Noel Brinkerhoff, David Wallechinsky
January 26, 2012
Public Employees for Environmental Responsibility (PEER) has accused the Obama administration of deliberately misleading the public about how much oil gushed from the ruptured BP well in the Gulf of Mexico in 2010.
Using the Freedom of Information Act, PEER obtained an email from a top administration official that revealed that the White House was pressuring top government scientists to low-ball the oil flow rate.
In late May 2010, Dr. Marcia McNutt, director of the U.S. Geologic Survey and head of the government’s Flow Rate Technical Group, wrote to scientists who complained about the misleading information coming out of the White House about the crisis.
“I cannot tell you what a nightmare the past two days have been dealing with the communications people at the White House…,” McNutt wrote. “The press release that went out on our results was misleading and was not reviewed by a scientist for accuracy.”
She went on to give examples: “Let me give you a flavor of some of the ‘suggestions’ I was getting from the NIC [National Intelligence Council] and from the communications people at the White House and DOI [Department of the Interior] as recently as yesterday afternoon as to how to ‘simplify’ our bottom line:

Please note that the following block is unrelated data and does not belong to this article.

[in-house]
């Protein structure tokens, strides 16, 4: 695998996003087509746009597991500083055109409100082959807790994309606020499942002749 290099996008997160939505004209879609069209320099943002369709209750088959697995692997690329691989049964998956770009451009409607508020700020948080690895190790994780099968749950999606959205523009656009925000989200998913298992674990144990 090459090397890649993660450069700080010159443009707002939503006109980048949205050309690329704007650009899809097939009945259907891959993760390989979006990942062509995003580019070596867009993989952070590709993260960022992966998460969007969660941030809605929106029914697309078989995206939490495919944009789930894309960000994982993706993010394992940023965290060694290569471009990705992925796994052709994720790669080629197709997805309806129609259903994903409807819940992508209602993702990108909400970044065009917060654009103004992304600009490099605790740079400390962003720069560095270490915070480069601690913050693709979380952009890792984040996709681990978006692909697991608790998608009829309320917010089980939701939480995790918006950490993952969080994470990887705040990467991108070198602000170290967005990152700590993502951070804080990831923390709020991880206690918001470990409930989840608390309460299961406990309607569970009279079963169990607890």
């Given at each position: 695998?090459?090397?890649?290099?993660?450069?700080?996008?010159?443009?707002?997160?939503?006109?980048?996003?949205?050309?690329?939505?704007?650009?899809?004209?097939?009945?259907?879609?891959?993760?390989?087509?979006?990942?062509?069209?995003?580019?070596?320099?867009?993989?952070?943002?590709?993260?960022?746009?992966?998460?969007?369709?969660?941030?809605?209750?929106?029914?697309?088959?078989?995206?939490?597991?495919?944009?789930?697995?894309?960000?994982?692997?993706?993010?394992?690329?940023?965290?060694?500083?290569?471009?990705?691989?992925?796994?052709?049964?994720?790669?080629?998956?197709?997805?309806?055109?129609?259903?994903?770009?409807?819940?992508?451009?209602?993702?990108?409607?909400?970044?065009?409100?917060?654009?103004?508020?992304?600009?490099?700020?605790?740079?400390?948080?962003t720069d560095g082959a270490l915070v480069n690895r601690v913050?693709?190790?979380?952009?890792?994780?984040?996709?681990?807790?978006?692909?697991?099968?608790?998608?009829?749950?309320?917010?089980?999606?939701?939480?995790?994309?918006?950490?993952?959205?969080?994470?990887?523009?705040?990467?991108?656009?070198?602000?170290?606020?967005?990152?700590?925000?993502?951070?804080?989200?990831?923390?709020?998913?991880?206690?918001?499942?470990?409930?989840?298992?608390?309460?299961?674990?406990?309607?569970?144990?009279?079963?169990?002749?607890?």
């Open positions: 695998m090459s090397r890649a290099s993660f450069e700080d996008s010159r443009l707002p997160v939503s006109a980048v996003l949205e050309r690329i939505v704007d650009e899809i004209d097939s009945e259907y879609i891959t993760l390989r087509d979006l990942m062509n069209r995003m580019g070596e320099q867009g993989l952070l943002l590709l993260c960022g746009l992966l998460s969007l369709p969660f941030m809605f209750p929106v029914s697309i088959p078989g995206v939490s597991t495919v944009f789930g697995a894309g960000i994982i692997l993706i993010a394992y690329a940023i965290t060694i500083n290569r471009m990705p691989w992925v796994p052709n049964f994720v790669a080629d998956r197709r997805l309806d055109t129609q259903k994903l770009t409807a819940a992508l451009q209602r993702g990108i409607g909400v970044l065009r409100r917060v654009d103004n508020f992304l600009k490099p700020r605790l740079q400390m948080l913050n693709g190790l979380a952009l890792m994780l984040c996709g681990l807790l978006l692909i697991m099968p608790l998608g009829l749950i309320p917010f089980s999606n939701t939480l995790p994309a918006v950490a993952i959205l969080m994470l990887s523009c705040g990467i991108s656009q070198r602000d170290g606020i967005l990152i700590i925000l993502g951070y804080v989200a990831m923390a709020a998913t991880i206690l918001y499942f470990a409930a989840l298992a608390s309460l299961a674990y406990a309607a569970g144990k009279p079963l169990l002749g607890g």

From a NIC Admiral: How about just saying that the range of flow rates is 12,000 to 25,000 barrels per day? (No, because the 25,000 is a LOWER bound, not an UPPER bound….)
From a White House communications person: How about saying that several lines of evidence suggest that the flow is 12,000 to 19,000 barrels per day but that the rate could be as high as 25,000 barrels per day? (No, because the 25,000 is a LOWER bound, not an UPPER bound…).”
President Barack Obama’s top aides publically insisted that at worst, about 25,000 barrels of oil a day were spewing from the well. Later, it was revealed that the rate was more than 50,000 barrels a day.